• Scope of work (e.g., What type of testing does your laboratory perform? What is your volume? What are your pain points? What is the end goal you hope to achieve with the new system?)
  • Current laboratory information system (LIS) in use
  • Will any current data need to be migrated to the new system? If so, what type of data? How much data?
  • Current and future analyzers to be interfaced
  • Current third-party information systems (e.g., EMR, Reference Lab, LIS, etc.) to which the proposed system will need to interface
  • Testing disciplines supported (e.g., core lab, hematology, microbiology, anatomic pathology, point-of-care testing, etc.)
  • How many users currently access the system?
  • How many physical locations will need to access the LIS?
Selection Criteria Process Include a summation of the prioritization of criteria that defines how the selection will be made.

Example RFP Response Sections – Completed by Prospective Vendors

Vendor Profile This section requests company history, team organization, references, and the vendor’s financial overview or statement. It may include multiple pricing options, a risk analysis, projected milestones, and short- and long-term business plans. The vendor profile may help you determine how well you will be able to work cooperatively with each vendor under consideration.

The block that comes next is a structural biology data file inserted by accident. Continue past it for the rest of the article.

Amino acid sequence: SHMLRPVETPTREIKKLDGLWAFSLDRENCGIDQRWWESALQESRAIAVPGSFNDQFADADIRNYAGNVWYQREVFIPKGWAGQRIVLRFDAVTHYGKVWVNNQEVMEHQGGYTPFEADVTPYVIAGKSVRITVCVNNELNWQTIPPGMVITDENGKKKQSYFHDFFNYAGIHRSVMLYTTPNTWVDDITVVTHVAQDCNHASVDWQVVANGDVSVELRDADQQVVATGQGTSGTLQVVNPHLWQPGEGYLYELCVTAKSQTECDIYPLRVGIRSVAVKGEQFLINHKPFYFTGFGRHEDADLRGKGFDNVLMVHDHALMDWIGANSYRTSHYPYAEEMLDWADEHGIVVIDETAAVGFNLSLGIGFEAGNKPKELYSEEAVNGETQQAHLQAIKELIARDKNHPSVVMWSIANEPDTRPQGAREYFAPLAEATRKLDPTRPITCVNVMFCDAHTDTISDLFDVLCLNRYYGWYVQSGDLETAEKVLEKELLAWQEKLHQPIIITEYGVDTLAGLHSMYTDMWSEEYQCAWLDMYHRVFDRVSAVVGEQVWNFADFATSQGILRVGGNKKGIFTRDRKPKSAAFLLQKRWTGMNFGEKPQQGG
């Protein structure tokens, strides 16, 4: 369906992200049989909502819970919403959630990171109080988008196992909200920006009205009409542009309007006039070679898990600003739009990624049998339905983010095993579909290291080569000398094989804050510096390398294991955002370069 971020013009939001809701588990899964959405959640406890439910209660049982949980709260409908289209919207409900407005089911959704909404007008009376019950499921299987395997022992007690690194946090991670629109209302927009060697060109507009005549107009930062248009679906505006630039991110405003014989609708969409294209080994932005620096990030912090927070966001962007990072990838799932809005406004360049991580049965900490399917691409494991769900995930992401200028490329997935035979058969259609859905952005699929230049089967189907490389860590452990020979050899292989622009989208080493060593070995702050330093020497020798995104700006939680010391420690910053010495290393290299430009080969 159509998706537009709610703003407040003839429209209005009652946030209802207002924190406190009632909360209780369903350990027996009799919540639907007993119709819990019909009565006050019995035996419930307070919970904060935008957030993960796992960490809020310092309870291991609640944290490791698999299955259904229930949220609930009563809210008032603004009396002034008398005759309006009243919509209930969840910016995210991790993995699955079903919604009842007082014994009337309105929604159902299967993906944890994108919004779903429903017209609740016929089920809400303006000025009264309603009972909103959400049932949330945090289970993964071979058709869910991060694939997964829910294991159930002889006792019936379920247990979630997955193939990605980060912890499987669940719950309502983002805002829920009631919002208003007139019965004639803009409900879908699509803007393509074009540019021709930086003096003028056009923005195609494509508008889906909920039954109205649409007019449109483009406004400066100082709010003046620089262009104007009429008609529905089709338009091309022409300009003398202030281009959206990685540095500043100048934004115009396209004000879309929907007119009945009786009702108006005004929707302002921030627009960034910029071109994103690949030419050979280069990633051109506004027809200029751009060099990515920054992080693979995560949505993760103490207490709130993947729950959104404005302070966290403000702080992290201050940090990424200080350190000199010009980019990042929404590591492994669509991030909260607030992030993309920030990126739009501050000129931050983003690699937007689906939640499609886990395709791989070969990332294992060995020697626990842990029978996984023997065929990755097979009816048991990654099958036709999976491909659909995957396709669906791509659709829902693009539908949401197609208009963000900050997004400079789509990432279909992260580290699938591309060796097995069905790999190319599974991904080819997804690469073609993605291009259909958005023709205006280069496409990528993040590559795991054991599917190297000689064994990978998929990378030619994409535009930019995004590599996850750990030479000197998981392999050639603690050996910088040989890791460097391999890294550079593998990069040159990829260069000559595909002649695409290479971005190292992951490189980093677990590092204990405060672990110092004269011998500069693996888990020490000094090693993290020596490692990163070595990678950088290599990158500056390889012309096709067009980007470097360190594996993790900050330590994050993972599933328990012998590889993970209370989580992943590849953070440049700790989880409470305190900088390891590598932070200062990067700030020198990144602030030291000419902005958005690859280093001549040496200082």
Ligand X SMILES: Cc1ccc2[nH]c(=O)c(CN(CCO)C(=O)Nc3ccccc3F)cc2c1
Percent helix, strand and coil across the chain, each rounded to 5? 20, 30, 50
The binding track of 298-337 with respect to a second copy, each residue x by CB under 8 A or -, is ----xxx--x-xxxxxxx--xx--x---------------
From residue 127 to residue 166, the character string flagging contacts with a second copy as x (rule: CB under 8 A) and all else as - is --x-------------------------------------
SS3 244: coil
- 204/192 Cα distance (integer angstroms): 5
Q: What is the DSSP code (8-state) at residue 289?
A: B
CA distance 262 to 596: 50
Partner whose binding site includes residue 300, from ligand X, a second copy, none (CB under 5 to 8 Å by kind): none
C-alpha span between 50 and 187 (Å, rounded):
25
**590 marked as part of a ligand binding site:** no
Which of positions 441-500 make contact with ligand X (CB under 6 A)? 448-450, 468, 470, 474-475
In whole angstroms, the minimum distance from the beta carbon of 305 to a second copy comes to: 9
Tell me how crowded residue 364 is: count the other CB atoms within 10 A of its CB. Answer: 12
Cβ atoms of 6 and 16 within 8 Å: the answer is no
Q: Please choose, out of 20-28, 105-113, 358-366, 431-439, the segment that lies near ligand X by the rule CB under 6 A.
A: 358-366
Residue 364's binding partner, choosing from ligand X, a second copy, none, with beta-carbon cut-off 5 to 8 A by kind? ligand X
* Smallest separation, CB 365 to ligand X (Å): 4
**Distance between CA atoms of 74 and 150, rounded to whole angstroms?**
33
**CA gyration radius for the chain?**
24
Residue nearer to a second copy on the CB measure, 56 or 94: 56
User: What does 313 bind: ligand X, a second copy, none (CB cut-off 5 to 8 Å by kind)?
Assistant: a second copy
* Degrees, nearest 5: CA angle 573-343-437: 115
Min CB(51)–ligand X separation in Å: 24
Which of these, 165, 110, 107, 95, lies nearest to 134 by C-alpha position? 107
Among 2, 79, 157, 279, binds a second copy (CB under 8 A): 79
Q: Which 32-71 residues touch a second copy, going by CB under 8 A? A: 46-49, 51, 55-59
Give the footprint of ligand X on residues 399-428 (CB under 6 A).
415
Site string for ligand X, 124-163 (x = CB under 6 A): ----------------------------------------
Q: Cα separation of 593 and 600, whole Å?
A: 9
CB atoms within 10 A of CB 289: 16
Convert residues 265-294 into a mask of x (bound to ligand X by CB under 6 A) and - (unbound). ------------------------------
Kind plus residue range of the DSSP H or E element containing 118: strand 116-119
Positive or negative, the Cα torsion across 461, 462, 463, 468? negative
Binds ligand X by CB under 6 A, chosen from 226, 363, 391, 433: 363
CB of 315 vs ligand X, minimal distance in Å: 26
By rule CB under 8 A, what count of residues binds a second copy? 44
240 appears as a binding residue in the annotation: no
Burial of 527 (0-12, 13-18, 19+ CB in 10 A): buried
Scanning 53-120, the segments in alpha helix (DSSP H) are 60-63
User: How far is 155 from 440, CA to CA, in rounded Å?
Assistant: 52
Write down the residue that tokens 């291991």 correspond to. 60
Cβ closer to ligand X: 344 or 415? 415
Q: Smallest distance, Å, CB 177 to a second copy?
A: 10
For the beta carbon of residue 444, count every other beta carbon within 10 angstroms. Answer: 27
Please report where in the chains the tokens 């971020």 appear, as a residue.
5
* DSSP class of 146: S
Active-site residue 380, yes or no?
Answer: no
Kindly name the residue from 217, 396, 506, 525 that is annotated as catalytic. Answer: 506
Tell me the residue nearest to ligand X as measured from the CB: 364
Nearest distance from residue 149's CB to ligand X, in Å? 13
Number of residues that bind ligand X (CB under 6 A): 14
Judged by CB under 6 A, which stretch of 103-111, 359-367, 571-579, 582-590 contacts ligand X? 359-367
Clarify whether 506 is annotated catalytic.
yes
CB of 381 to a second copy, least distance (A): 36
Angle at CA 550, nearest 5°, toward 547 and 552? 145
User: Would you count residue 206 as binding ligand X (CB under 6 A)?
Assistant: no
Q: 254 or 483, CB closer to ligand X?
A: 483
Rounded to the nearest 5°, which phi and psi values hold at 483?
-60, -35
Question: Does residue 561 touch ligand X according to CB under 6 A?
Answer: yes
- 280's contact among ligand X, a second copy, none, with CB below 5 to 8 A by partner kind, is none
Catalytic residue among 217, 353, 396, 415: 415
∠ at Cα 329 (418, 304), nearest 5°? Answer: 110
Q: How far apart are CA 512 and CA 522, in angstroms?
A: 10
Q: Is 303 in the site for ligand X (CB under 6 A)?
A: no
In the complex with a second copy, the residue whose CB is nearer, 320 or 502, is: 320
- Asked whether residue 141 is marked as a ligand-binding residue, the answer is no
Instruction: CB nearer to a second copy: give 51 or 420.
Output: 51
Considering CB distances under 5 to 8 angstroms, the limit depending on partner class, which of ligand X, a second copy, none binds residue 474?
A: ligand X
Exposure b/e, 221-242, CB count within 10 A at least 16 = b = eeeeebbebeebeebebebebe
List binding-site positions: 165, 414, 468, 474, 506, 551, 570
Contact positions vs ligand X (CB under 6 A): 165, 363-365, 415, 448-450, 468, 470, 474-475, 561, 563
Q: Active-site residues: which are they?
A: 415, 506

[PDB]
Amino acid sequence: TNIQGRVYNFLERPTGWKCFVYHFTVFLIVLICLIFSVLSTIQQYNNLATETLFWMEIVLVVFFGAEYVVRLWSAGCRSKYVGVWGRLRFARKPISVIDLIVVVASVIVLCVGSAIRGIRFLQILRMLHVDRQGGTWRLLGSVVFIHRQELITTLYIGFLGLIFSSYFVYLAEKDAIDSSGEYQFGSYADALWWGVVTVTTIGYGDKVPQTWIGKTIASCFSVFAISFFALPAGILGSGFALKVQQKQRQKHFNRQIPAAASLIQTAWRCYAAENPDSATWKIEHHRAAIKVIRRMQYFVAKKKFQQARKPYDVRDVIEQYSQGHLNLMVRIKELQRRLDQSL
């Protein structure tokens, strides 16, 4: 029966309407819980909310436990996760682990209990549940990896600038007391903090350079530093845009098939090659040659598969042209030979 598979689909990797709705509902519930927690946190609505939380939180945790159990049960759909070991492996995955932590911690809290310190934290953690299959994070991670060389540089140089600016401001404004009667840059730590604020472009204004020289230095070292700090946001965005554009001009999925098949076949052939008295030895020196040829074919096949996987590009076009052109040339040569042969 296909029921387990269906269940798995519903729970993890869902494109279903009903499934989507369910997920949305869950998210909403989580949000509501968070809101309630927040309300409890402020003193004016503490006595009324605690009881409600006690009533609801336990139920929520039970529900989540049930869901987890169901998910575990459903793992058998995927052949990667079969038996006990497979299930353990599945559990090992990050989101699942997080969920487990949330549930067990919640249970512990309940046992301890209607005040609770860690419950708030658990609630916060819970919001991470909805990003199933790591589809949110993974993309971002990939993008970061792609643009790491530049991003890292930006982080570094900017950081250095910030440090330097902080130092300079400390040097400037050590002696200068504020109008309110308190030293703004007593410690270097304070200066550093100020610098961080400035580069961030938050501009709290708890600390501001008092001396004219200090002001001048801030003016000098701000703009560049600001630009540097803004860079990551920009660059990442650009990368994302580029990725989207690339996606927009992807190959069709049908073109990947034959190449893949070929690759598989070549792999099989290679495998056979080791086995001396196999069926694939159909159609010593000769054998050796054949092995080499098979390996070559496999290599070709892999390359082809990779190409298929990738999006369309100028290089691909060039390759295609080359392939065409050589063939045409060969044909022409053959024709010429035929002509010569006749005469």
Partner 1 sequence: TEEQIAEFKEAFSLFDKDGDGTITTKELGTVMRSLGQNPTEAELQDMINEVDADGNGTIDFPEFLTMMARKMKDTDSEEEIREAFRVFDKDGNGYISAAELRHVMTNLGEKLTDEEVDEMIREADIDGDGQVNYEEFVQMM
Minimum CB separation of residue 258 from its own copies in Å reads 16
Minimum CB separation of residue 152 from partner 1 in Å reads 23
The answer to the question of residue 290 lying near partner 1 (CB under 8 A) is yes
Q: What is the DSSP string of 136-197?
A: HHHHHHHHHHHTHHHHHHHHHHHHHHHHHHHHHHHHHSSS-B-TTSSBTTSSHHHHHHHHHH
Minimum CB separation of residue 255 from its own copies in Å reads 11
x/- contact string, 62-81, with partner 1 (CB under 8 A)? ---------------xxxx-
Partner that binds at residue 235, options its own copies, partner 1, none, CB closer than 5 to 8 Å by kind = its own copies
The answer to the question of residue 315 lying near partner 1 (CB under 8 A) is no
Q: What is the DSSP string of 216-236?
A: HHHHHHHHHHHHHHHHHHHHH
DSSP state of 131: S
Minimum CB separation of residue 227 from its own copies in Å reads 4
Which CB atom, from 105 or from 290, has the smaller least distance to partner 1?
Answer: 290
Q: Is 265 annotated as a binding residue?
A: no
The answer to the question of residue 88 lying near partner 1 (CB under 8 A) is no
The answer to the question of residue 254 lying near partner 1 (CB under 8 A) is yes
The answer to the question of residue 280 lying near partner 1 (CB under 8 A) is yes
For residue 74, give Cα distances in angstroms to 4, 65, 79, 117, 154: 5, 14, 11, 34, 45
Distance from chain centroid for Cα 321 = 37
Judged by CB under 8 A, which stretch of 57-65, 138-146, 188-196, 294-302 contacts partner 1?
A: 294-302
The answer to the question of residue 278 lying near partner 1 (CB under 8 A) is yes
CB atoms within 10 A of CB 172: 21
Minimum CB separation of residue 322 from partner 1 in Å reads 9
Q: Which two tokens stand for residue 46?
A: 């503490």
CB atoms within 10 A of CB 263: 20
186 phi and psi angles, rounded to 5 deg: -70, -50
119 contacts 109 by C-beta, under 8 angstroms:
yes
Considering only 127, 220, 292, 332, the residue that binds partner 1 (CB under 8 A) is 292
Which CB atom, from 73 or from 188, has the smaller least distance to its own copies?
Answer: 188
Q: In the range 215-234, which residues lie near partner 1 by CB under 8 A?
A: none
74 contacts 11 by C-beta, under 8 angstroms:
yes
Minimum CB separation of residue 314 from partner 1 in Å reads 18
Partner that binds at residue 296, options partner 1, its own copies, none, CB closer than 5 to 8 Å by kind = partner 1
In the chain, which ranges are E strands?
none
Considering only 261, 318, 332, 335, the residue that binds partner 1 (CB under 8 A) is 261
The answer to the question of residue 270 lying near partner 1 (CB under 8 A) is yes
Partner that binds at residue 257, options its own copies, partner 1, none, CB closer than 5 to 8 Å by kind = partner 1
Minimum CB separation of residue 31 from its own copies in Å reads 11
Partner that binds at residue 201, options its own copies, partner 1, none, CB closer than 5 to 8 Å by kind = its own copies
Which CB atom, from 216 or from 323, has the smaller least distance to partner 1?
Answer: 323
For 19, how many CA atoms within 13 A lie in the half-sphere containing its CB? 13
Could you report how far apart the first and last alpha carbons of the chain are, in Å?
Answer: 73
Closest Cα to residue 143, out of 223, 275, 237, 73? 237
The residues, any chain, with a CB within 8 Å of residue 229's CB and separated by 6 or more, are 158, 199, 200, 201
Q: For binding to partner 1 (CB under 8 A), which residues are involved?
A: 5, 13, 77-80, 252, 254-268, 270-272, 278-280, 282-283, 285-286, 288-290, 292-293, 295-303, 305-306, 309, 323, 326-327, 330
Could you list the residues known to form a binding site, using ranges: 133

Technical Environment This section requests the vendor’s technical details associated with the proposed solution, including how the system will interact with the buyer’s existing network architecture (e.g., hardware, software, networking, interfaces, etc.).
System Implementation & Technical Support This section requests detailed information about the vendor’s implementation plan, training, and ongoing technical support.
Specifications/Functional Questions This section is typically the longest section and may be subdivided by groups or specialties. It includes detailed questions selected by the buyer that represent its needed system functionality. It should allow the vendor to explain how its system can meet the buyer’s requirements and show where there are gaps.
Proposed Solution Details & Cost Proposal The RFP response should include a detailed summary of all aspects of the proposed solution (hardware, software, interfaces, training, implementation, support, etc.) along with the cost of each item.

In addition, it may be of value to include an open-ended question, such as, “What attributes make your company an ideal partner for our organization?” This calls for a subjective response that may lend insight into the vendor’s values and priorities.1

Be Thorough, but Build in Room for Flexibility – A Word of Caution